People who raise their voices and engage in creating an inclusive working environment where everyone is accepted and respected, deserve recognition.
Once a year, the network for Lesbian, Gay, Bisexual and Transgender (LGBT) business people and allies, OUTstanding, and the Financial Times publish a list of inspirational LGBT global leaders and LGBT Ally role models, to recognize them for their great work.
“If we raise visibility, we will inspire people to be who they are.”
– Niarchos Pombo, in an interview, about his inspiring contribution to SAP as a Global Pride@SAP Leader.
This year, two inspirational SAP employees made the list. Jenny Dearborn, chief learning officer and global Executive sponsor for Pride@SAP, was recognized as #21 on the list of most influential global LGBT Ally Executives, and Niarchos Pombo, head of Diversity & Inclusion for Latin America and global lead of Pride@SAP, was recognized by the Financial Times as #30 on the global LGBT Future Leaders list.
We spoke to Niarchos and he told us about his inspiring work and engagement for the LGBT community at SAP, what he has already been able to achieve, and where he believes there is still work to do.
Q: What does this award mean to you personally?
A: Being highlighted as one of the top LGBT Future Leaders is great recognition for the work I have been doing for the last four years — and it makes me very proud and happy since it raises visibility for the LGBT community overall.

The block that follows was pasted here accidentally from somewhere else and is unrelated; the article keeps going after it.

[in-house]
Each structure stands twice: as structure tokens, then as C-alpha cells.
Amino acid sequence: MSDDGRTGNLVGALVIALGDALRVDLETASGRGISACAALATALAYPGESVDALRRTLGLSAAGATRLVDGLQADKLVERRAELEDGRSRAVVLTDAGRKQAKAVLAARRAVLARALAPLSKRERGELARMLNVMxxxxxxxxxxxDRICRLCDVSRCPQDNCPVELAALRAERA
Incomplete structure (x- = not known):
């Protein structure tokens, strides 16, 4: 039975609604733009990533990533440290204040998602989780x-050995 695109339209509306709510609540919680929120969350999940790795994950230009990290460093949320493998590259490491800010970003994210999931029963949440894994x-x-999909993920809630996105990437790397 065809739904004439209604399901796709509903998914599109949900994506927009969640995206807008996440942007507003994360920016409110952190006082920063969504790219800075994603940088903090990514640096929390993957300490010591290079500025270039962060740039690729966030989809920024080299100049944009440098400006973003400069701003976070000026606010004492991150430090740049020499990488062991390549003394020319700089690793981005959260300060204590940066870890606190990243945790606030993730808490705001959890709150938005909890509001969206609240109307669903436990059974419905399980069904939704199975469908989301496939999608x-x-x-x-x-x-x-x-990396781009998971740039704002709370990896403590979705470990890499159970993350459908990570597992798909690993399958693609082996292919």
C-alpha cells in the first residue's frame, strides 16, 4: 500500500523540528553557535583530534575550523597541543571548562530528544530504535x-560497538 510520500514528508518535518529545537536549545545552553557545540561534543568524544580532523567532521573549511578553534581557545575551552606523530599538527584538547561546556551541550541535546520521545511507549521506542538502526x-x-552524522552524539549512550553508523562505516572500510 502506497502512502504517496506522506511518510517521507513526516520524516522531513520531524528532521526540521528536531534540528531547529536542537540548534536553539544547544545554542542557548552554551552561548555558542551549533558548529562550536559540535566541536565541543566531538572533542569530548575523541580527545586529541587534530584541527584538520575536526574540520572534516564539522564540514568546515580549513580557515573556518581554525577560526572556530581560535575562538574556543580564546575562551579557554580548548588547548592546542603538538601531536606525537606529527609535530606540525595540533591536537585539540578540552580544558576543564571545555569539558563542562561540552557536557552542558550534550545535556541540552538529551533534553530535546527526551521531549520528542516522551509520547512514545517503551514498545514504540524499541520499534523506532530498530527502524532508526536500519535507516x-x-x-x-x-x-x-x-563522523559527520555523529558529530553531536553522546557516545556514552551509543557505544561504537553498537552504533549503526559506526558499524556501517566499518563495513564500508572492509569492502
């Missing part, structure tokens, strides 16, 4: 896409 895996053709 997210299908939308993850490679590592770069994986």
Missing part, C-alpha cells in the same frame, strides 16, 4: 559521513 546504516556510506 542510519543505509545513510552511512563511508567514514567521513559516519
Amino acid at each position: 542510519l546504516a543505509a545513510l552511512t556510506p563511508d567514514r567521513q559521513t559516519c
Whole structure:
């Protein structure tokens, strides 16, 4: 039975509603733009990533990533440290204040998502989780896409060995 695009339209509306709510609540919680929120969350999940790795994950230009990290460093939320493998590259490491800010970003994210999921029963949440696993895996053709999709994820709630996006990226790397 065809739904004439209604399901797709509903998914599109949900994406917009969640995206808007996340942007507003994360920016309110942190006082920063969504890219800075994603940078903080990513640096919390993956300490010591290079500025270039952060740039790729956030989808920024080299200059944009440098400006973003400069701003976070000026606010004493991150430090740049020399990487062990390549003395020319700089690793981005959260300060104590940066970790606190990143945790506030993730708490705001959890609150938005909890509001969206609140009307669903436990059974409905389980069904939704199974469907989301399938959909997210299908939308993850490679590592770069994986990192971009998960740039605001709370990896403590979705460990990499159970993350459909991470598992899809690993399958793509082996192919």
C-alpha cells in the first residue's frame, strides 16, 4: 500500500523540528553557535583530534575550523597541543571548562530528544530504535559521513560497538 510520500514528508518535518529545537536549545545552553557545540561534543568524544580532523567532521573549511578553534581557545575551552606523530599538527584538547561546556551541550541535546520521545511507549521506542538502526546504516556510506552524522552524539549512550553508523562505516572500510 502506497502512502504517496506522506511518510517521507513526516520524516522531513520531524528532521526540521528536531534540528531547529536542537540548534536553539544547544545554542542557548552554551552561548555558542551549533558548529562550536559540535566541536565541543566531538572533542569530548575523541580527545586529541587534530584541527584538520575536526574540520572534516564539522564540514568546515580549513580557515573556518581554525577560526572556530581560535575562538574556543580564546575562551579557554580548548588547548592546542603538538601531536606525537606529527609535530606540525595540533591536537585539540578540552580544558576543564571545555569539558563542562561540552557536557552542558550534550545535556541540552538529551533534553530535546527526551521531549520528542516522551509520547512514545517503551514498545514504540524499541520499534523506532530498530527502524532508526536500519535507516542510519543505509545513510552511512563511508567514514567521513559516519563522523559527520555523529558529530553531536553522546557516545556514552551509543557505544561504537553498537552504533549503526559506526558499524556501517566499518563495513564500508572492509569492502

As a gay man, I see that LGBT people are not always visible in society and organizations. If we raise visibility, we will inspire people to be who they are, to be authentic and to be the best they can be — at SAP and in the world. I hope that my nomination as an LGBT Future Leader encourages people to be, first of all, open about who they are and that it will also show that LGBT-people can grow, thrive and succeed in this company.
What are the achievements you are most proud of?
One of the achievements I am most proud of has been the work we have done to greatly increase the number of members of ‘Pride@SAP,’ our internal social media network. We started with just 400 people as part of the community and in just one year we grew the community to over 8,000. That means that 10% of all SAP employees globally proactively support LGBT equality efforts. By joining the SAP Jam group, they have visibly raised their voices for the LGBT community. Regardless of sexual orientation or gender identity, everyone can join this Jam group – and this is important for the cause.
What are your next steps?
Our next step is to continue the strong collaboration with the SAP Global Diversity & Inclusion Office, increase the number of members participating in the Pride@SAP Employee Network, and raise awareness with internal learning programs for diversity and inclusion.
We want to send a message that SAP recruits the best talent in the market, regardless of sexual identity…and that people who identify as LGBT and/or are strong allies for the LGBT community have great opportunities here. SAP truly benefits from having a diverse workforce that brings greater innovation to the company and reflects our customers — that creates a big business impact.
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